What a true and great friend we have in you, O Lord Jesus Christ! You are not only faithful and loving to us but most of all, so true to us that you pray for us that the Father may always keep up.

Every day we pray to you asking for so many things because you are life yourself.

We pray for our family and friends because we love them, and you surely love them too.

And here you are, dearest Jesus, praying for us to the Father!

Thank you so much for thinking of us always.

Forgive us Jesus for the many times we have turned away from you, when we have refused to love you in others.

Enlighten our minds and our hearts, Lord, about your prayer consecrating us in the truth, the word of the Father, when you are in fact, the Word who became flesh.

Baby Jesus in our Parish last Christmas 2019 on a bed of white roses.

Grant us the grace to be like St. Paul in the first reading who can sincerely proclaim to everyone his fidelity to your words and mission that was attested with the deep love of the presbyters of Ephesus who were deeply saddened when he bid them goodbye.

In this time of COVID-19 when life is so uncertain with so many people dying, may we give some precious moments of prayer and reflection with the life you have gifted us, you always prayed for.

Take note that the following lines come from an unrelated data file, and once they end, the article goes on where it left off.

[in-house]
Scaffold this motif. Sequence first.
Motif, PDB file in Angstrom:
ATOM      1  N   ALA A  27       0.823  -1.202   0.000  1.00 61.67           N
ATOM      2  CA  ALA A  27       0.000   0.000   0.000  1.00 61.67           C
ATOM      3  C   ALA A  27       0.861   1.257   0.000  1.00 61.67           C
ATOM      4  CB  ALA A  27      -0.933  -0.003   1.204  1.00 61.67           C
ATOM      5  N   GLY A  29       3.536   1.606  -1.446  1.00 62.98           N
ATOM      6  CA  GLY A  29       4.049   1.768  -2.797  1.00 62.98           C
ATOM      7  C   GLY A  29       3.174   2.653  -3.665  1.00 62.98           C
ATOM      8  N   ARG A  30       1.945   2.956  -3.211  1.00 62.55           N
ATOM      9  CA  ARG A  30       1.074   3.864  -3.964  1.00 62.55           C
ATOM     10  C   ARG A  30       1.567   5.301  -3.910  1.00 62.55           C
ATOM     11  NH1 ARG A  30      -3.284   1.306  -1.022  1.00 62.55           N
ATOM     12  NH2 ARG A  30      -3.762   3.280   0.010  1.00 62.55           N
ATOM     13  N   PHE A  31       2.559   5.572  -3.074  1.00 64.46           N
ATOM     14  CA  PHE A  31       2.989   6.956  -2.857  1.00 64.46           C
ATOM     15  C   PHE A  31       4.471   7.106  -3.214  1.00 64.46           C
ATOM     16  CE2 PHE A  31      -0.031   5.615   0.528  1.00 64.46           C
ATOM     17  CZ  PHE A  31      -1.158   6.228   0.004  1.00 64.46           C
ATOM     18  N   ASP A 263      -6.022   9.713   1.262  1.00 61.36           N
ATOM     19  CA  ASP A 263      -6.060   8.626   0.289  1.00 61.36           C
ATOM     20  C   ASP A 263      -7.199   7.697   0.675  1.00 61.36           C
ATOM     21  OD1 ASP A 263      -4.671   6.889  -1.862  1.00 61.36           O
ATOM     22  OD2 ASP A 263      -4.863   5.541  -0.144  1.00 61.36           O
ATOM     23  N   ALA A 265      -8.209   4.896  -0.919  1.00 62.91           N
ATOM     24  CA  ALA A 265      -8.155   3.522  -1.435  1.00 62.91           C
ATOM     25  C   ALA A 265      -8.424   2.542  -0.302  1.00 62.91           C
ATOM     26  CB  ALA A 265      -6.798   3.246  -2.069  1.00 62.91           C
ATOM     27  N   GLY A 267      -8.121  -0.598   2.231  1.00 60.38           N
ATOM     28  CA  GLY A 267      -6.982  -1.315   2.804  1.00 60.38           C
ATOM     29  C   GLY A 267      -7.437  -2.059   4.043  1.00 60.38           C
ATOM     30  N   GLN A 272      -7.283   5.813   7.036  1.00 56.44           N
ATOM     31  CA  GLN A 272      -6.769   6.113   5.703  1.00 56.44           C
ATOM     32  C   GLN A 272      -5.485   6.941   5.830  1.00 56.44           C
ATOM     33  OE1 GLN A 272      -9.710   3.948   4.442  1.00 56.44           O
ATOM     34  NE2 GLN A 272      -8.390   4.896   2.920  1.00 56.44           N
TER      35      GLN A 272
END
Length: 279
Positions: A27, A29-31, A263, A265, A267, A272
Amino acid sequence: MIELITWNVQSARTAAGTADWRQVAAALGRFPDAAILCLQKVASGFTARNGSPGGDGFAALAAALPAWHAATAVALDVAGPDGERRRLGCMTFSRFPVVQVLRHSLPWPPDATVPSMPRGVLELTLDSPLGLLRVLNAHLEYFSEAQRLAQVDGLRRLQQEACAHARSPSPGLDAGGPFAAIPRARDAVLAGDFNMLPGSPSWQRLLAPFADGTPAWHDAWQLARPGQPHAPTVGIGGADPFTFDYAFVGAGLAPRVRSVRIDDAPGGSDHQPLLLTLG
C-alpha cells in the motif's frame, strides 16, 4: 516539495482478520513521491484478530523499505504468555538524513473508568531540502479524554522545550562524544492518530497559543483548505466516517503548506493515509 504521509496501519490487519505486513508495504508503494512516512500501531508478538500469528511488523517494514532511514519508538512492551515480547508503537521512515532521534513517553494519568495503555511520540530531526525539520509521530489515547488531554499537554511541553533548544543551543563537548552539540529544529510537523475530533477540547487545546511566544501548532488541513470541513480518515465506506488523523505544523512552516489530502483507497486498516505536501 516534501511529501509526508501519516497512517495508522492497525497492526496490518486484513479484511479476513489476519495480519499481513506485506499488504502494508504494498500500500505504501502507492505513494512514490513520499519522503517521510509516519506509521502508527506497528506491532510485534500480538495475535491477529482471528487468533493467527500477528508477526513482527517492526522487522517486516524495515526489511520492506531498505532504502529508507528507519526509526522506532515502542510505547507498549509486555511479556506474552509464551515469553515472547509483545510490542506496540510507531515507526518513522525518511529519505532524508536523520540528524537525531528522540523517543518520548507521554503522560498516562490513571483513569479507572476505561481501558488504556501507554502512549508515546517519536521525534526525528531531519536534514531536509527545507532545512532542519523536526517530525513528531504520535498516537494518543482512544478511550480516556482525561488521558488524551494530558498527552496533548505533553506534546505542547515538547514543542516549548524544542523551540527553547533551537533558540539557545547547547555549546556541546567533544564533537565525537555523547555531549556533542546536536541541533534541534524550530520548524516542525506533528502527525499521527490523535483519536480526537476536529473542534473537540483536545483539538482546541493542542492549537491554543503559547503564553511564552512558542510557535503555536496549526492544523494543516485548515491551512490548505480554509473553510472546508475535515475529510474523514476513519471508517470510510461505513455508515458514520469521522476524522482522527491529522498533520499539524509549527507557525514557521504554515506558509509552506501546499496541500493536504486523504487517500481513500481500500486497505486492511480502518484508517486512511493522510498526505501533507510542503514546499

Give us the courage to examine the kind of life we are leading, if we can have the sincerity of St. Paul in boldly declaring how we have lived and toiled among others.

Pray harder for us, dear Jesus that we may be always one with you in the Father and the Holy Spirit through others. Amen.

Tunay na pagpapala

Lawiswis ng Salita ni P. Nicanor F. Lalog II, Ika-14 ng Mayo 2020
Larawan kuha ni G. Jim Marpa, 2019.
Madalas nating isipin
mapalad o pinagpala
ang taong walang tiisin
buhay ay sagana at magaan
walang pinapasang hirap at sakit
nabibili lahat ng magustuhan:
malaking tirahan, magarang sasakyan
hindi kinakailangan may pinag-aralan
basta't mayaman
wala tayong pakialam
saan nagmula kanyang kaban
na tila di nauubusan kahit baon sa utang.
Huwag nating lilimutin
ang tunay na pagpapala 
wala doon sa kayang bilhin
anoman ibigin, pagkain o inumin
o doon sa matatamo sa pagsisikap natin:
kapangyarihan at pangalan, maski pangangatawan.
Ang tunay na pagpapala
nagmumula lamang sa Diyos
hindi materyal kungdi espiritwal
kaya nang mangaral si Jesus sa burol
lahat ay nagimbal dahil kanyang pinangaral
salungat sa takbo at hangad ng sanlibutan. 
Larawan kuha ni G. Jim Marpa, 2019
Mapapalad kayong mga aba,
mga nahahapis at mapagkumbaba;
mapapalad din kayong mga mahabagin,
mga nagmimithing makatupad sa kalooban ng Diyos,
lalo na mga gumagawa ng pagkakasundo
at mayroong malilinis na puso.